BY Joan MacDonald | Jan 10, 2014 10:52 AM EST
Last year several lawsuits were filed against plastic surgery clinics for the unauthorized use of celebrity photographs. A few court rulings were handed down with mixed results.
In January of 2013, 38 celebrities, including k-drama actors Jang Dong Gun, Song Hye Kyo and Kim Nam Gil, as well a k-pop groups including Wonder Girls, 2PM, Girls Generation, Super Junior and TVXQ, filed for damages against a Gangnam clinic in Seoul. The celebrities said that the clinic knowingly used their photographs to advertise their services.
This week the Seoul Central District Court ruled against the celebrities saying there was not enough evidence to determine that the clinic knowingly set out to profit from their photographs.
According to the Seoul District Court, while actors should be paid for the use of their image, there are currently no legal regulations in place that clearly define this kind of situation. Evidence must establish the intent to profit from their pictures.
"Even if the court acknowledges their rights of publicity, considering the photos were posted in the plastic surgery clinic's promotional and separate categories, it is difficult to prove they earned a profit from it," said the court ruling. "We can't see it as a violation of the plaintiffs' right of publicity."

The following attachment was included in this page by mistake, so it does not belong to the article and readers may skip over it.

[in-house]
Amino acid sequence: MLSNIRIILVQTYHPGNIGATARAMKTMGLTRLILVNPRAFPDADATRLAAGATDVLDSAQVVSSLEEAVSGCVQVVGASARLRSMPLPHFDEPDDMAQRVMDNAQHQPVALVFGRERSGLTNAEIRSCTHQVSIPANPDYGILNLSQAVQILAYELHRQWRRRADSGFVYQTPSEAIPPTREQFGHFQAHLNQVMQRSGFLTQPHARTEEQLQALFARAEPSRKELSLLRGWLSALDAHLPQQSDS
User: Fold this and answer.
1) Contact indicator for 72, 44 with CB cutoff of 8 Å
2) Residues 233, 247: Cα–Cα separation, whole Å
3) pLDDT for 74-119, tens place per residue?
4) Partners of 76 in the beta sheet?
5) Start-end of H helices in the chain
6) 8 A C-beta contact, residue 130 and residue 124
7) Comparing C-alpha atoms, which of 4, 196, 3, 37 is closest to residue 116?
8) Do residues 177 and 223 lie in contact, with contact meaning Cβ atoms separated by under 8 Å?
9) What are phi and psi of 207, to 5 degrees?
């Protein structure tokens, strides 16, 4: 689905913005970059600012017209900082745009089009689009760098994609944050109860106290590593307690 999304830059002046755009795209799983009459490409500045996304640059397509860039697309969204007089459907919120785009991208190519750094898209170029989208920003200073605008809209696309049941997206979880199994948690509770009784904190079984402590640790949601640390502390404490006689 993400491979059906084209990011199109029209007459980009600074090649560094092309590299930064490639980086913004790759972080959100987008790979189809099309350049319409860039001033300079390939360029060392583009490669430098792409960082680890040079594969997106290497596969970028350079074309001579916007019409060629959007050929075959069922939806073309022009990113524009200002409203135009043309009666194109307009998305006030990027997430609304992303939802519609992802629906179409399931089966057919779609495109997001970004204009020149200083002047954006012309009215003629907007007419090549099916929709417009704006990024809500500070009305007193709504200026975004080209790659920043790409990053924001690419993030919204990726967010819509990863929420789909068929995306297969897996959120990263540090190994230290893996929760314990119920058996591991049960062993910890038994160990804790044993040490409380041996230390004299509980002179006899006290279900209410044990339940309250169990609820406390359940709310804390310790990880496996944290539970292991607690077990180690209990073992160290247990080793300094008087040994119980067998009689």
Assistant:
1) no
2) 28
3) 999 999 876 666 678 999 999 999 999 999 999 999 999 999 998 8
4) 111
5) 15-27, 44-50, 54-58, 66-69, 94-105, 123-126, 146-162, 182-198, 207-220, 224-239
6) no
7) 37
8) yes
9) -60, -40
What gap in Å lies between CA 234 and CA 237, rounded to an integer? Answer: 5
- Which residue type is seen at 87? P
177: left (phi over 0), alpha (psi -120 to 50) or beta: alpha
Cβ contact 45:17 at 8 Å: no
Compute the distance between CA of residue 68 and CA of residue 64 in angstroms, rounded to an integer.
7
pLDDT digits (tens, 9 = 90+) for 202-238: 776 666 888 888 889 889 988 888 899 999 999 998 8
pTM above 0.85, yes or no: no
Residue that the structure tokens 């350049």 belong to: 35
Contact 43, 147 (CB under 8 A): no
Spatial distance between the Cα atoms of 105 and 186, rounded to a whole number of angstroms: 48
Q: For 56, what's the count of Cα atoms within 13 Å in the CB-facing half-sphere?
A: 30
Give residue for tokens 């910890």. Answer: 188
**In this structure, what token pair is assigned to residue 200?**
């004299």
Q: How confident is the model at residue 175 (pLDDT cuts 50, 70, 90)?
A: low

Not only do the celebrities object to businesses using their photographs without permission and without paying them, many find that such an association will start rumors that they have had plastic surgery.
In July, singer Baek Ji Young was awarded partial damages on a similar case, in which a plastic surgeon used her photo to advertise his services. The surgeon was ordered to pay her $3,600 for her right of publicity. From 2010 to 2012, he used four of her bikini photos to advertise his liposuction services without her consent. She originally asked for ten times as much in damages.
Baek Ji Young and Nam Gyu Ri also partially won a lawsuit against a hospital for using their photos. In this case, the surgeon, who used the pictures on his blog had to pay each celebrity $4,300. The judge in that case determined that although the photos were used on a doctor's blog, the blog did feature prominent advertising for the surgeon's services.
The difference between those cases and the recently ruled on case was that the surgeon and the clinic he worked for were not responsible for posting the photos.
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